We do test a lot of our code to make sure that the software behaves as it intends to. But do we test our designs? A sturdy design can instill confidence in the team, much before we try to see the output or the results. This can help improve the software development productivity.
By design I do not mean UML diagrams and details like inheritance or aggregation relationships or design patterns. I mean building the entire system in your design, identifying roles, assigning responsibilities, building interfaces, structuring and organizing data through which they communicate. I am not sure if this is a system model or not, but this is what is the soul of the application. How can we ensure that we the design is right and sturdy? How can we determine that there are no holes or loose threads?
One of the ways I use is to test the combination of responsibility, knowledge and authority, by taking the design for a test drive. No, not through tools and applications, just on a whiteboard, with a team sitting and poking holes in it. I am sure at some level everyone does this, but I believe an explicit attempt can provide higher value. Most of the responsibility is what we usually explicity identify through requirements. But knowledge and authority get specified implicitly. If an entity’s responsibility is not in proportion to its knowledge and authority, it will not function effectively. If the entity does have information, it should at least know where to pick it up from. If the entity does not have authority to do something, it should know whom to ask. This is where we start building relationships. This lets us test individual entities and the whole ecosystem even before we sit to write the first alphabet of our code.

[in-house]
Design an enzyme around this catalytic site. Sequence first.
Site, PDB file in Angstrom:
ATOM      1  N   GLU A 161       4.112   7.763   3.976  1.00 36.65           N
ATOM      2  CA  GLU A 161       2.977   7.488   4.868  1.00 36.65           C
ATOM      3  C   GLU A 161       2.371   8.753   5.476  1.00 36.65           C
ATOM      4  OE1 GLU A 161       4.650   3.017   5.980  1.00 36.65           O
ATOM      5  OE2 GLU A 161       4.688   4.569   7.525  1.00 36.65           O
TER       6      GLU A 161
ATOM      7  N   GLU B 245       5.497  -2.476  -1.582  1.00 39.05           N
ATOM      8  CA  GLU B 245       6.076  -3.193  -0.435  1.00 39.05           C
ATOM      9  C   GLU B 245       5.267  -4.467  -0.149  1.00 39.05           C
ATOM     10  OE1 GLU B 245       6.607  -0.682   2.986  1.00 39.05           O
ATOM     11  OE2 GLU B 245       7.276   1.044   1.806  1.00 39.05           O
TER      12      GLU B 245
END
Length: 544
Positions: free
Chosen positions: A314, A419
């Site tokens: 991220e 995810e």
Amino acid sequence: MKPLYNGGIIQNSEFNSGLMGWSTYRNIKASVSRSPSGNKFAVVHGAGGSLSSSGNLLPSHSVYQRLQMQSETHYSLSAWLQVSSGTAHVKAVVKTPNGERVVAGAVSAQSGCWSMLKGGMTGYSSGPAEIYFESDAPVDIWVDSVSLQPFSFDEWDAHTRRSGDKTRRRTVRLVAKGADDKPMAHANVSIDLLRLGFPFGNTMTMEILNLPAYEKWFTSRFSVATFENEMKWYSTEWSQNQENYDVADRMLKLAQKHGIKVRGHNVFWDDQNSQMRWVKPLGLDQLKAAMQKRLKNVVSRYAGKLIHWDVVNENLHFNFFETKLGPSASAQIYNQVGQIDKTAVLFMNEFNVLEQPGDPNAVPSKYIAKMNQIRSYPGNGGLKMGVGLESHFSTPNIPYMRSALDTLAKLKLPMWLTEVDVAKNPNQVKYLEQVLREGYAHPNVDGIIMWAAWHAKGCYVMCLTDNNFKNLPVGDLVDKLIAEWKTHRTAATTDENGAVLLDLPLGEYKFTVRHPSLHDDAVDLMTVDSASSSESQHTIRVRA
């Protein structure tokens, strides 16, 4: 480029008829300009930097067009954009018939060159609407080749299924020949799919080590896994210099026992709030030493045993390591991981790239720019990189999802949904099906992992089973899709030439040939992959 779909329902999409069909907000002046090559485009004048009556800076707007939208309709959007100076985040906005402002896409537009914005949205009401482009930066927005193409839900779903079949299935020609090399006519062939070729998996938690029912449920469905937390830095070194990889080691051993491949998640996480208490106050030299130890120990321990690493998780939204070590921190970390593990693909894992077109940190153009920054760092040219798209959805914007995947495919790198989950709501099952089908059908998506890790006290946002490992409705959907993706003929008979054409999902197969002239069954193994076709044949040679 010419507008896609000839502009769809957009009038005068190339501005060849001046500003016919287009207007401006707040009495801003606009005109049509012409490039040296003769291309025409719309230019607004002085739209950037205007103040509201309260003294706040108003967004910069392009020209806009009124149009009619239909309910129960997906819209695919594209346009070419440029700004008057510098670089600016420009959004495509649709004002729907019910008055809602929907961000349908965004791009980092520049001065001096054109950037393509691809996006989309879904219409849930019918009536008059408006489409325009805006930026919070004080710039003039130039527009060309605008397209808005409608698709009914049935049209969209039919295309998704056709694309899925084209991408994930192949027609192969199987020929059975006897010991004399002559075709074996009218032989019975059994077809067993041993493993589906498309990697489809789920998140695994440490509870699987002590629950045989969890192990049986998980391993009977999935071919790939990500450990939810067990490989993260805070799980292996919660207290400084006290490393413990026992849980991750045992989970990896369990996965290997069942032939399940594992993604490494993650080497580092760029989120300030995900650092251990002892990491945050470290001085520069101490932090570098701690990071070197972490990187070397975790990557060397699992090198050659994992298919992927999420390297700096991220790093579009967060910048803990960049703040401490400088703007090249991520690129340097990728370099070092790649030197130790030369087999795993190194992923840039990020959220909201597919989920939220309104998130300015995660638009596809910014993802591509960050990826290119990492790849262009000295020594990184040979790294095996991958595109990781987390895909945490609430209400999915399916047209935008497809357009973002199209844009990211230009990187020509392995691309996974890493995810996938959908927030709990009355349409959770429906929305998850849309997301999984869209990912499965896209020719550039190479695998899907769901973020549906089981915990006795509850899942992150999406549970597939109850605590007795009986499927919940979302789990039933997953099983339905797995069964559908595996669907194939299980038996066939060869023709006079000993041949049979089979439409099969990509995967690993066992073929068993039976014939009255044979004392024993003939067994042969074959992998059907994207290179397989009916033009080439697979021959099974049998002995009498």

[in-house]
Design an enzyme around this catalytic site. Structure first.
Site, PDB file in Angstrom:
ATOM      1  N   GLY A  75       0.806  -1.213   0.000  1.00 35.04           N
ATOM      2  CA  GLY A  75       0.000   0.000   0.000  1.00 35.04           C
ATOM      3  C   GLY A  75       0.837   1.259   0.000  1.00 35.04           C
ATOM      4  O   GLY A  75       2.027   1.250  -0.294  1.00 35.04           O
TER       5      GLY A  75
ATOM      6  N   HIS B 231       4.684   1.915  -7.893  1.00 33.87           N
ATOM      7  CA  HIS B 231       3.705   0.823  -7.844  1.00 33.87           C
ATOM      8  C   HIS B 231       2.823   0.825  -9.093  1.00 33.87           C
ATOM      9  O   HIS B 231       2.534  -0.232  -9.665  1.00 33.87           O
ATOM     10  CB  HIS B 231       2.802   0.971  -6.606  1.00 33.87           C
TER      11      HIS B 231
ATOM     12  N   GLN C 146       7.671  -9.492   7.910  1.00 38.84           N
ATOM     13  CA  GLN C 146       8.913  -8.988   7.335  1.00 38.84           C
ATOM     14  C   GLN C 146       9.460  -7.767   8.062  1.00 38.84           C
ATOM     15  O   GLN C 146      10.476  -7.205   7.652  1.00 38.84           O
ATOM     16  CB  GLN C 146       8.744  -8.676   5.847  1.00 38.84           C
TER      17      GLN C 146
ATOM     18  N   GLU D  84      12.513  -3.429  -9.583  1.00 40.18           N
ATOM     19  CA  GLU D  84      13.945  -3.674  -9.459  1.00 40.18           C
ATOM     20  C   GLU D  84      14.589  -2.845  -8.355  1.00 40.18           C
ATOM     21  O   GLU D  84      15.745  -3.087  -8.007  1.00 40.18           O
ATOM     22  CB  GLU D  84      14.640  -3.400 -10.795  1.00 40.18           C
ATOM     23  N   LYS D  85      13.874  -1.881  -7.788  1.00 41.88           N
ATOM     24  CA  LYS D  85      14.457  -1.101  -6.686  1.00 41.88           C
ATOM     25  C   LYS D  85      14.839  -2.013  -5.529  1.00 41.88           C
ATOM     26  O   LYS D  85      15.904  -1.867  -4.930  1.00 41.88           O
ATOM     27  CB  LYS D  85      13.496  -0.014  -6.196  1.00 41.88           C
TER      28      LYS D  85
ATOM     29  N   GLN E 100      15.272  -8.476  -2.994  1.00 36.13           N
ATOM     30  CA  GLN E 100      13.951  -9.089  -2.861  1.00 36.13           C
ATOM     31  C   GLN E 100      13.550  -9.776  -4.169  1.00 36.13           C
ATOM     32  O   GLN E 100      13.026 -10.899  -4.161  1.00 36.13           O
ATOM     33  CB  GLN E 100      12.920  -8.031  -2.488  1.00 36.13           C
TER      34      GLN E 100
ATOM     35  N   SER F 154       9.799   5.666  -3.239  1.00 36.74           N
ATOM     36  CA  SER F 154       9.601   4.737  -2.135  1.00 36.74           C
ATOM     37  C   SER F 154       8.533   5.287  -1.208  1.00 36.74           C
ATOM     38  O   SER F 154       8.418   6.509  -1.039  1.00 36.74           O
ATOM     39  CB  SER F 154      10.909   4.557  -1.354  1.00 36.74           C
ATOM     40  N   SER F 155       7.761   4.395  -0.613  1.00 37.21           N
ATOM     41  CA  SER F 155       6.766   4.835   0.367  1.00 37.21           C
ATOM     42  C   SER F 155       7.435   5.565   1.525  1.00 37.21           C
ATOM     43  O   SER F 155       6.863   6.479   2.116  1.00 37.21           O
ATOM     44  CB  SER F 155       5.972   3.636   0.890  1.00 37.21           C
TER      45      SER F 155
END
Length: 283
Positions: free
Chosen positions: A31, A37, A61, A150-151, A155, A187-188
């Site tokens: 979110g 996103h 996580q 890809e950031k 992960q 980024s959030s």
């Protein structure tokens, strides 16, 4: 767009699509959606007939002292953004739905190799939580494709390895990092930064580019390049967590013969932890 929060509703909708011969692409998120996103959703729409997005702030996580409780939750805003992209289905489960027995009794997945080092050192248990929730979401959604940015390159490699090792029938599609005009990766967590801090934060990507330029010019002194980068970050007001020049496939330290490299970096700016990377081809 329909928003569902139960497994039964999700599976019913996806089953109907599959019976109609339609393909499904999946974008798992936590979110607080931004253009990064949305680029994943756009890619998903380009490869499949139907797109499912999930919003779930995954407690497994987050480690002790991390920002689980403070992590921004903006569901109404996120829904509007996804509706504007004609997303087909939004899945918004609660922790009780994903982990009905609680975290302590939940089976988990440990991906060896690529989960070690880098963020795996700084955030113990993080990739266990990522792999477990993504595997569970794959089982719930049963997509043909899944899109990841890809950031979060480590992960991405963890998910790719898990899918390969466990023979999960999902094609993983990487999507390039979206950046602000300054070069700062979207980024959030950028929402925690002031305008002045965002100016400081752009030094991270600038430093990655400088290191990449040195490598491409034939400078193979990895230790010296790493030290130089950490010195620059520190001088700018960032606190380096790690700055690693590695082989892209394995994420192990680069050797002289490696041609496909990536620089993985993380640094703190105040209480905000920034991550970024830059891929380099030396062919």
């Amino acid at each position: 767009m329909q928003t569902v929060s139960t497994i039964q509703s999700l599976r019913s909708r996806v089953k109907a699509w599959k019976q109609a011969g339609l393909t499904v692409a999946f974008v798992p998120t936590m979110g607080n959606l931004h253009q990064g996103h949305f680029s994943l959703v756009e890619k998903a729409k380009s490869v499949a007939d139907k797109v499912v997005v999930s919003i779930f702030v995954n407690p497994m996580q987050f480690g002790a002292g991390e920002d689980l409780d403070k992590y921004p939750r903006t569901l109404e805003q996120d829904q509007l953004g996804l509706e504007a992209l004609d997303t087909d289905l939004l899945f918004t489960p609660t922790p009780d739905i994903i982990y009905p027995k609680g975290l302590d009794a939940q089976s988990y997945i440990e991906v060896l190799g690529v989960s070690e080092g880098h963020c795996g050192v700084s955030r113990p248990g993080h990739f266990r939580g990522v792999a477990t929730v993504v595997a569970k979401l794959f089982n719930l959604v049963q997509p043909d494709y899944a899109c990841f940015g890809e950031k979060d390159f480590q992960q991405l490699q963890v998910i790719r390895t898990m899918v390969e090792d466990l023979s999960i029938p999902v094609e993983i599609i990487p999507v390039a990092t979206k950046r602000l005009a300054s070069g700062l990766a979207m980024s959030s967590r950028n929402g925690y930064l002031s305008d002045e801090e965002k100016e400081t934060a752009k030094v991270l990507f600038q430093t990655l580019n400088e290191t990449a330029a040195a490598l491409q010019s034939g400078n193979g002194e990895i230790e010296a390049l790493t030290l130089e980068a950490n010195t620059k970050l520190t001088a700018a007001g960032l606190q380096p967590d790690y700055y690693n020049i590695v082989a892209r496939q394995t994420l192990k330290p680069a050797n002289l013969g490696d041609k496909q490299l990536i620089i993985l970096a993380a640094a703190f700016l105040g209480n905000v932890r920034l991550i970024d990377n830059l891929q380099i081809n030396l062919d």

One of the key things to remember is that the balance of these three – responsibility, information and authority, is valid in a given scope. That is why it is important to decide on scope, even when you are working on iterations.
I have understood most of the principles or best practices from this perspective. Because software is first about people and processes and then about functions, classes and patterns. We should be able to test our design at a level where we are still dealing with people and processes, and test if the design is sturdy.